I started off working on my beer neural network a bit more. I figured out part of the problem that was giving me data that didn’t feel right, which had to do with changing the inputs to give an incomplete picture of the outputs to force the neural network to draw more meaningful connections between the missing beer ratings and the existing beer ratings. Basically, I erased half of the beer ratings from each user from the “input” dataset, and left the “output” dataset the same, so the network would have to actually predict and couldn’t cheat by just figuring out how to compress the ratings down to 10 nodes and then decompress them back to 900 nodes using tricky math.
Now that the neural network is actually learning, I can’t seem to get my error rate down to a level I’m happy with. I’m going to keep working on tweaking the parameters of the neural network to see if I can get it to output something cool that I can share.
While my computer was crunching away at reducing the neural network’s error, I took a coffee break down the street with a few friends, which led to a fascinating conversation that lasted a couple of hours, mainly about Mesh Networking and Cryptocurrencies. I learned a lot about how different cryptocurrencies work, including Namecoin, which is linked to your domain name and can validate you, and another cryptocurrency that includes its own programming language that can have actually have contracts embedded in code within a transaction.
We went down a pretty complicated rabbit hole of trying to figure out if there was a way to solve some problems in Mesh Networking by linking it with a cryptocurrency, either to validate the identity of nodes to allow secure communication without a centralized server (replacing SSL), or to pay central nodes for traffic they routed in order to reward mesh network users to be good citizens and stay connected to the mesh routing messages between other nodes even when they weren’t personally using it.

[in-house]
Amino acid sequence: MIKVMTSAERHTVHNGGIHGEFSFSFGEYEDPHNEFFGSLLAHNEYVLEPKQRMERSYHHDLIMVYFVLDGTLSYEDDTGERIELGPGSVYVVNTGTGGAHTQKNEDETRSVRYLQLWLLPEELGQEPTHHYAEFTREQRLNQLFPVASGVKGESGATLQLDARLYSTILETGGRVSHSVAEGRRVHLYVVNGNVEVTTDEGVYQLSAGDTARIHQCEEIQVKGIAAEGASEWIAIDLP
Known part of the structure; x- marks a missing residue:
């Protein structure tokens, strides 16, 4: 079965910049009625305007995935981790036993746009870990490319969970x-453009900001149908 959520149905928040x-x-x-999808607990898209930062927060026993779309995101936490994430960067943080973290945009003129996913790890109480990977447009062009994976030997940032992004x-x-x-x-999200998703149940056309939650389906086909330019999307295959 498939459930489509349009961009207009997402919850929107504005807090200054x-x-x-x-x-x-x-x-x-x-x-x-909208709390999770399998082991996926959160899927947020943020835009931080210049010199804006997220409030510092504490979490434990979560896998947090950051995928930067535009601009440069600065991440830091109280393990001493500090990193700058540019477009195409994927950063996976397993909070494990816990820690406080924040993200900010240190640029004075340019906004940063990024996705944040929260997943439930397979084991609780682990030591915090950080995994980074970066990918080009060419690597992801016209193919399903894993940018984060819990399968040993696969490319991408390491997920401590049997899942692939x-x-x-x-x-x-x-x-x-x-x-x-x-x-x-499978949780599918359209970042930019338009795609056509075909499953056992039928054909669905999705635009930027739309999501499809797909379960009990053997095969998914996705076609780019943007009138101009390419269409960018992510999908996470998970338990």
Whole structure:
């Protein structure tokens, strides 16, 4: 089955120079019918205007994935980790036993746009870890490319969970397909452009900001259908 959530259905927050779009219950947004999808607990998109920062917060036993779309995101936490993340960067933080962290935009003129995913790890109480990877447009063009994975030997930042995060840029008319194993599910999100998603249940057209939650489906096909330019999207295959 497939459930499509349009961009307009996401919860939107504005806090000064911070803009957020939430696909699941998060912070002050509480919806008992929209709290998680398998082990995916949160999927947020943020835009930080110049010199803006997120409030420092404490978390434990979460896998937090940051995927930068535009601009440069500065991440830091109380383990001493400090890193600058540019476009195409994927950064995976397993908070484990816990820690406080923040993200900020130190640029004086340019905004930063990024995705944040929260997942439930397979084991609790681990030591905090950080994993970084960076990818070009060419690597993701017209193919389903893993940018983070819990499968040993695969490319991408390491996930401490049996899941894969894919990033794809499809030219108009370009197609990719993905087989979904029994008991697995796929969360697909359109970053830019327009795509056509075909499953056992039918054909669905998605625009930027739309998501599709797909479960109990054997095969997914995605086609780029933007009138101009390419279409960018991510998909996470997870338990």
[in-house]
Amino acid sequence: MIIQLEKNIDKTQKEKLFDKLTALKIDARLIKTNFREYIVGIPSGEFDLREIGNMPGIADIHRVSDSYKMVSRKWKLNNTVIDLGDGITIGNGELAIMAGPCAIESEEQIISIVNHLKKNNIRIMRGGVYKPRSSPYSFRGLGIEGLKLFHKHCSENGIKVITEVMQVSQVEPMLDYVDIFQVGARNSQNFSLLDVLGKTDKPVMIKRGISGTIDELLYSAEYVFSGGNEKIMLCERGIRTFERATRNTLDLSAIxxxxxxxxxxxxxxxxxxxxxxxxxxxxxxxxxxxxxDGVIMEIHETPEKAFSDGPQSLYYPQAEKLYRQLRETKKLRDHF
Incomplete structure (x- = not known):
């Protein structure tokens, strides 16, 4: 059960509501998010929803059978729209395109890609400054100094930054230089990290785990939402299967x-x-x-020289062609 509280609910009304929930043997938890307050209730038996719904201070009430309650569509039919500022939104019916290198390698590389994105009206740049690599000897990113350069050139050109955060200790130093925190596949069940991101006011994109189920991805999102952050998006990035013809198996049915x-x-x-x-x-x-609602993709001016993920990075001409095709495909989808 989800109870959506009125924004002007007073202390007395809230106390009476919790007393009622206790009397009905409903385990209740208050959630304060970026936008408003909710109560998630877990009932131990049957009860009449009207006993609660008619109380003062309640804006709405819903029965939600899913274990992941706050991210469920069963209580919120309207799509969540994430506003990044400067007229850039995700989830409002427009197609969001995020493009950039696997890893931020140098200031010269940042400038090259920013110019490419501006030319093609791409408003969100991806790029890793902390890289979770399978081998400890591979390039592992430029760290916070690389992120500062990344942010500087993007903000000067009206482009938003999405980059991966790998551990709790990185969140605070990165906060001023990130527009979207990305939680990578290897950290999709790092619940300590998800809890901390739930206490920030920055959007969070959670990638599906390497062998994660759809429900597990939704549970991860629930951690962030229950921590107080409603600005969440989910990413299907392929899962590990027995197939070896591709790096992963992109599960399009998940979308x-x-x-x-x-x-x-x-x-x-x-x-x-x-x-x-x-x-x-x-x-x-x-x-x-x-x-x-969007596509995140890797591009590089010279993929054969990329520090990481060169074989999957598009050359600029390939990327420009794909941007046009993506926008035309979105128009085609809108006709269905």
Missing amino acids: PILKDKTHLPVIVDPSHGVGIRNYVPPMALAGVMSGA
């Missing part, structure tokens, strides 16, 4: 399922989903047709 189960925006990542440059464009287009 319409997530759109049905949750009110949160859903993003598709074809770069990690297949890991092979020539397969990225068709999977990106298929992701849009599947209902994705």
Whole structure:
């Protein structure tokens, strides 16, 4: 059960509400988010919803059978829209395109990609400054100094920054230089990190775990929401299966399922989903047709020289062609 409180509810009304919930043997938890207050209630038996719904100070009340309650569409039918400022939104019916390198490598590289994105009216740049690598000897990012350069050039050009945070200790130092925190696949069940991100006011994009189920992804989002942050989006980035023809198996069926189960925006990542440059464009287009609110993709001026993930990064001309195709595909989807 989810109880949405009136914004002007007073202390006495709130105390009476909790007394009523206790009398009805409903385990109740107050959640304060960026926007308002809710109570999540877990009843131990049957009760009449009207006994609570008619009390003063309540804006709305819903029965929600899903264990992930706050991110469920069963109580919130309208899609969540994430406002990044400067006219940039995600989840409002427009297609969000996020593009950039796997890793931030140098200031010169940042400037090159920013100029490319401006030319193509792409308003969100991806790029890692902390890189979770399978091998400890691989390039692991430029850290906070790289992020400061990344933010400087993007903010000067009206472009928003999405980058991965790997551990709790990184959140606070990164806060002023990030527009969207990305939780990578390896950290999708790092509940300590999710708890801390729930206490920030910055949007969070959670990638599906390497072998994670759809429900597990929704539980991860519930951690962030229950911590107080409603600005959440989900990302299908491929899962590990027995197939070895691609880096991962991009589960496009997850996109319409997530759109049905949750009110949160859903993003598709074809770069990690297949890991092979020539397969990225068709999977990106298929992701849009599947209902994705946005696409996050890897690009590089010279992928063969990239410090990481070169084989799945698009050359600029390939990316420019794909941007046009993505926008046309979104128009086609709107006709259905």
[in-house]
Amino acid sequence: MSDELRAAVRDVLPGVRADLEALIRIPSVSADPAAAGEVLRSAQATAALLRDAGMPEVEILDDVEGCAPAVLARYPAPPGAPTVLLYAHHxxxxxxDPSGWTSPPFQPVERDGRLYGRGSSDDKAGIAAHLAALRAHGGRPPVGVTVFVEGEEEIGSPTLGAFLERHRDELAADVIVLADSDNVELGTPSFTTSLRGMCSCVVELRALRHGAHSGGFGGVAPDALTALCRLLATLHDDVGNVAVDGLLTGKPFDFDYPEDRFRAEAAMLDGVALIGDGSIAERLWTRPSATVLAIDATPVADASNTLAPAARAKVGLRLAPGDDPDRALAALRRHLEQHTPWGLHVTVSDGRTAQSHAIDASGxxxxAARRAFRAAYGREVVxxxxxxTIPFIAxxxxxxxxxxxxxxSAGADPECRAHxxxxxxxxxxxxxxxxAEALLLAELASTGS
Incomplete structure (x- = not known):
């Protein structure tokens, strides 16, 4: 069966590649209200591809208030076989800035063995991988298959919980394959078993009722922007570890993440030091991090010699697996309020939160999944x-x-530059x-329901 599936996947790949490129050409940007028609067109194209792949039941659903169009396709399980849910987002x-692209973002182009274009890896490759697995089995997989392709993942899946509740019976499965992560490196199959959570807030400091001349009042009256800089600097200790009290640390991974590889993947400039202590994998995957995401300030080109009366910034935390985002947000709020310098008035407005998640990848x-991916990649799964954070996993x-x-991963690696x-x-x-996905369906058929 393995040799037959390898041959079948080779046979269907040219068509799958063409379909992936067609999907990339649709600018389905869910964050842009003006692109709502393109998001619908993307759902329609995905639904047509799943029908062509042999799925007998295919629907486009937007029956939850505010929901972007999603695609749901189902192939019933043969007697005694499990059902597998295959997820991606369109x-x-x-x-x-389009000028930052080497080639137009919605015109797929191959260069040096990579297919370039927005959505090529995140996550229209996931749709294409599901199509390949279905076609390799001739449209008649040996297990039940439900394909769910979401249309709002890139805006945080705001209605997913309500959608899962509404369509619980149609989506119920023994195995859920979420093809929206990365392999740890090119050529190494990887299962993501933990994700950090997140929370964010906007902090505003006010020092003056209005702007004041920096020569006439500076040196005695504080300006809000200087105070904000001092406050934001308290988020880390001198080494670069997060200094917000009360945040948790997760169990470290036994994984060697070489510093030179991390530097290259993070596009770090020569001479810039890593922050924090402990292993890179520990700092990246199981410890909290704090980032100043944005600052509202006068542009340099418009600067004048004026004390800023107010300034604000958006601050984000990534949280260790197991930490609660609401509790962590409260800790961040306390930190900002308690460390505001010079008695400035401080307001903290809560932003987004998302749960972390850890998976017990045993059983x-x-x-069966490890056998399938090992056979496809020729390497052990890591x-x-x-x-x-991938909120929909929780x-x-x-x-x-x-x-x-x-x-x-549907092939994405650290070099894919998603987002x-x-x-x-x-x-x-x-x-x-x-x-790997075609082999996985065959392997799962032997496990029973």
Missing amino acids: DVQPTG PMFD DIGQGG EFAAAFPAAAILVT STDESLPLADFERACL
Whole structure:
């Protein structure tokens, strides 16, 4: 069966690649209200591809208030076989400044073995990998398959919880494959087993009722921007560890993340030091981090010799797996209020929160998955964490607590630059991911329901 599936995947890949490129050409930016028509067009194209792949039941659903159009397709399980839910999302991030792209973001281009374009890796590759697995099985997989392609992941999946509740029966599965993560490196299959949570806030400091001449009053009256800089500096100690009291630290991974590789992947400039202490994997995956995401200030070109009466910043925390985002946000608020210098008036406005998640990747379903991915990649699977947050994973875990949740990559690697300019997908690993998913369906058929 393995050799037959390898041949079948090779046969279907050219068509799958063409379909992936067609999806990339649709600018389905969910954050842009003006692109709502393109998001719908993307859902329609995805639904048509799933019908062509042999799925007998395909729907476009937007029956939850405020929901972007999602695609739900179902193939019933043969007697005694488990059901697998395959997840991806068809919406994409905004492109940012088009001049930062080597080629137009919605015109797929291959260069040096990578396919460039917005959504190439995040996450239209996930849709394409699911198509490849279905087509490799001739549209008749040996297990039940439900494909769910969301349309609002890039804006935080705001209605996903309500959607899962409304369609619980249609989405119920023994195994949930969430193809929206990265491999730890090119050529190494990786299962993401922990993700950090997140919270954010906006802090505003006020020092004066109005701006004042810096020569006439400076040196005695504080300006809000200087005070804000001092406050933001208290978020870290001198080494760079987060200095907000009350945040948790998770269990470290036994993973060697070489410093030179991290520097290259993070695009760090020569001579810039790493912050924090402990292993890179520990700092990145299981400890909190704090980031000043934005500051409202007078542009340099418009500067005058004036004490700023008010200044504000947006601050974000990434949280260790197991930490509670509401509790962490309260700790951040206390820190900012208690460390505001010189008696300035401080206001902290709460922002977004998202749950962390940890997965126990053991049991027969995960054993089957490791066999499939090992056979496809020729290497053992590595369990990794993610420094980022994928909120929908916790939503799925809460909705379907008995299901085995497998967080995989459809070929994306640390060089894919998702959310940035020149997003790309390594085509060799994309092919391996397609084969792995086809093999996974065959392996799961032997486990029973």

We ended up talking about an idea to combine a social network with mesh network routing or secure direct connections by using an app with Bluetooth LE to confirm in person that each person in my inner circle is who they say they are. Each of those people could do the same thing for their trusted friends, and then we would have a network of nodes each with a certain degree of social separation and therefore degree of trustedness which we could use to priorities routing of messages.
We left with some interesting ideas and a bunch of reading to do on Mesh Networking. It turns out that the idea of compensating for node bandwidth was discussed in a recent paper about TorCoin, which would be “mined” by routing traffic over the Tor network, and then could be sold in altcoin exchanges, encouraging good behavior on the network. We also decided to read through an overview of the many previously attempted mesh network routing protocols to get a clearer picture of benefits and pitfalls of different approaches. There is also a book that discusses the inherent properties of many types of networks that sounds like an interesting read.
I was totally re-energized by this discussion, and decided to figure out iBeacons so I can make a fun Objective-C app for Hacker School. When I went to the Swift meetup at Etsy, almost everyone I met was excited about Hacker School, and I instantly had something to talk about with the new people I was meeting. On top of that, a few Hacker School alumni came out to the bar in Dumbo after the meetup, which was very cool. The app idea was inspired by a comment someone made that night that Hacker School was like the new Freemasons.
I finished up the nitty gritty late into the evening, and should have a fully working app ready for testing tomorrow!